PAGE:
Response to media reporting on concerns related to the timely provision of pathology histories

Summary

Recent media reporting has raised concerns that the time taken for the National Cancer Screening Register (NCSR) to provide screening histories to Pathology laboratories is putting lives at risk. This is not correct.

The NCSR is able to provide same day pathology histories for any high risk result and since June 2018 has been able to provide pathology histories for women regardless of which state across Australia their previous tests were undertaken. This ‘national view’ of histories is a key feature of the NCSR.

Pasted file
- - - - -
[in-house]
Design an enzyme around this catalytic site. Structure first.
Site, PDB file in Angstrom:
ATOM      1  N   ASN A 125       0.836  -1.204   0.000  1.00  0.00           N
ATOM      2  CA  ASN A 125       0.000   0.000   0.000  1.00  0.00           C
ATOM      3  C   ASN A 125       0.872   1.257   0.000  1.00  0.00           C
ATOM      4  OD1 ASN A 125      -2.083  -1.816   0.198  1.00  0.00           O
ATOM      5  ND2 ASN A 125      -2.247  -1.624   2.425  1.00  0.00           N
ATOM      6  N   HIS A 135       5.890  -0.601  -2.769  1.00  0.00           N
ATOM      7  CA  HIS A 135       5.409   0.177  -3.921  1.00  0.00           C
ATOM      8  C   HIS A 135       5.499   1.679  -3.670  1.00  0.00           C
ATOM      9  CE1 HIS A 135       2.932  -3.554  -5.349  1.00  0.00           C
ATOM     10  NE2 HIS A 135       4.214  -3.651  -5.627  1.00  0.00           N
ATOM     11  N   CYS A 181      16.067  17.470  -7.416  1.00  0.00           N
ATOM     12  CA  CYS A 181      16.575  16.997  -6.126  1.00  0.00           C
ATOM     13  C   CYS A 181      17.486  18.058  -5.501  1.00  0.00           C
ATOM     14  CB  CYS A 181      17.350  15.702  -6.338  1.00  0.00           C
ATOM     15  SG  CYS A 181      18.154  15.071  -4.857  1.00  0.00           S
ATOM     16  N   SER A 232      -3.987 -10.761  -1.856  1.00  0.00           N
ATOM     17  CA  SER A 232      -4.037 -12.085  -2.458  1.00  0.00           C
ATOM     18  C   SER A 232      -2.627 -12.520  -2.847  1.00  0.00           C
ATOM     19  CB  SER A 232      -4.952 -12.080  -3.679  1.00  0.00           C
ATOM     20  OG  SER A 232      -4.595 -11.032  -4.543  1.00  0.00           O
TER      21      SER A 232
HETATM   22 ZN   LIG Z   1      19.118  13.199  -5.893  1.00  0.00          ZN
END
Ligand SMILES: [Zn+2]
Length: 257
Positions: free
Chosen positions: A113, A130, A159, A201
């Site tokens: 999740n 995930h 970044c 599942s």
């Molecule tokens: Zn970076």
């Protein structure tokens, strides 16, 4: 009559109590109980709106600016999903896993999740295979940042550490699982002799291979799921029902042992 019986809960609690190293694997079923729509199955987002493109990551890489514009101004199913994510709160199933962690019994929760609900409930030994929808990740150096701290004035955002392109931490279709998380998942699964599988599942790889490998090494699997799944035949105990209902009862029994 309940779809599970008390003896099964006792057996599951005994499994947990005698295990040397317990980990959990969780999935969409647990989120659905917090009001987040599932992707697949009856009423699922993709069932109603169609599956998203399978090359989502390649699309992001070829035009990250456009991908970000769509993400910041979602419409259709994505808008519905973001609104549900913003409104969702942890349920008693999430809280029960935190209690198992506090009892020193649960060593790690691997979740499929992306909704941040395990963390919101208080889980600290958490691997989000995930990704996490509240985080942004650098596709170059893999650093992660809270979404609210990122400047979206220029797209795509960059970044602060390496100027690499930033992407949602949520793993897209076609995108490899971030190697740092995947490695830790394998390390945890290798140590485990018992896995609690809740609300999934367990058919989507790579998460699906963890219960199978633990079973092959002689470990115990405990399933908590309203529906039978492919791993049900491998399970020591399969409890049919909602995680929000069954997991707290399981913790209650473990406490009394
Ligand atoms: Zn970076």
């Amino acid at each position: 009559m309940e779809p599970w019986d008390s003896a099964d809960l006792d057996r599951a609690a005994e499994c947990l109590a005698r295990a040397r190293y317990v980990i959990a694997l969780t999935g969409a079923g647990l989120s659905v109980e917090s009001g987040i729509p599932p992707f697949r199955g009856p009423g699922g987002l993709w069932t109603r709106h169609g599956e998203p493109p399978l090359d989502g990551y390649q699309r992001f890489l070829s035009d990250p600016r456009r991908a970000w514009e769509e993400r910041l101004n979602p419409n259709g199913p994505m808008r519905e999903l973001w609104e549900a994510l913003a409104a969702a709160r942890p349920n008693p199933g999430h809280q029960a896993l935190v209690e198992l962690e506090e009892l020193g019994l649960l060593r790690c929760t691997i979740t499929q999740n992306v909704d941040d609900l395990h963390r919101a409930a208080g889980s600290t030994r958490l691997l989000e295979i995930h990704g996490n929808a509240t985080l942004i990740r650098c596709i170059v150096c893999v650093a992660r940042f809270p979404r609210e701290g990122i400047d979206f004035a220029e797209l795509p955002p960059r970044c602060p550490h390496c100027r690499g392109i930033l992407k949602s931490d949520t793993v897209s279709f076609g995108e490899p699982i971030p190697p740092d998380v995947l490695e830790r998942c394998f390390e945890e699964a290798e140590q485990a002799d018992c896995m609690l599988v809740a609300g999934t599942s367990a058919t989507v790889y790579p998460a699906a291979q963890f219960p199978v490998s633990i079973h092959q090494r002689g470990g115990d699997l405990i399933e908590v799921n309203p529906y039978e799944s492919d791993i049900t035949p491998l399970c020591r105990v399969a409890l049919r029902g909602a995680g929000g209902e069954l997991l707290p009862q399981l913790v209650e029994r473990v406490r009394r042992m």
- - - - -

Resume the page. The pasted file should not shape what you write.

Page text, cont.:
More information is available on our Fact Sheet

The renewed National Cervical Screening Program

The Renewal of the National Cervical Screening Program has been implemented.

The two yearly Pap test for people aged 18 to 69 has been replaced by a five yearly human papillomavirus (HPV) test for people aged 25 to 74. People are due for their first Cervical Screening Test at the age of 25 or two years after their last Pap test. The changes include:

  • a more accurate Cervical Screening Test has replaced the Pap test
  • the time between tests has changed from two to five years
  • the age at which screening starts has increased from 18 years to 25 years, or two years after the last Pap test if the Pap test was done at the age of 23 or over
  • people aged 70 to 74 years will be invited to have a Cervical Screening Test.

More information on the National Cervical Screening Program is available on our FAQ page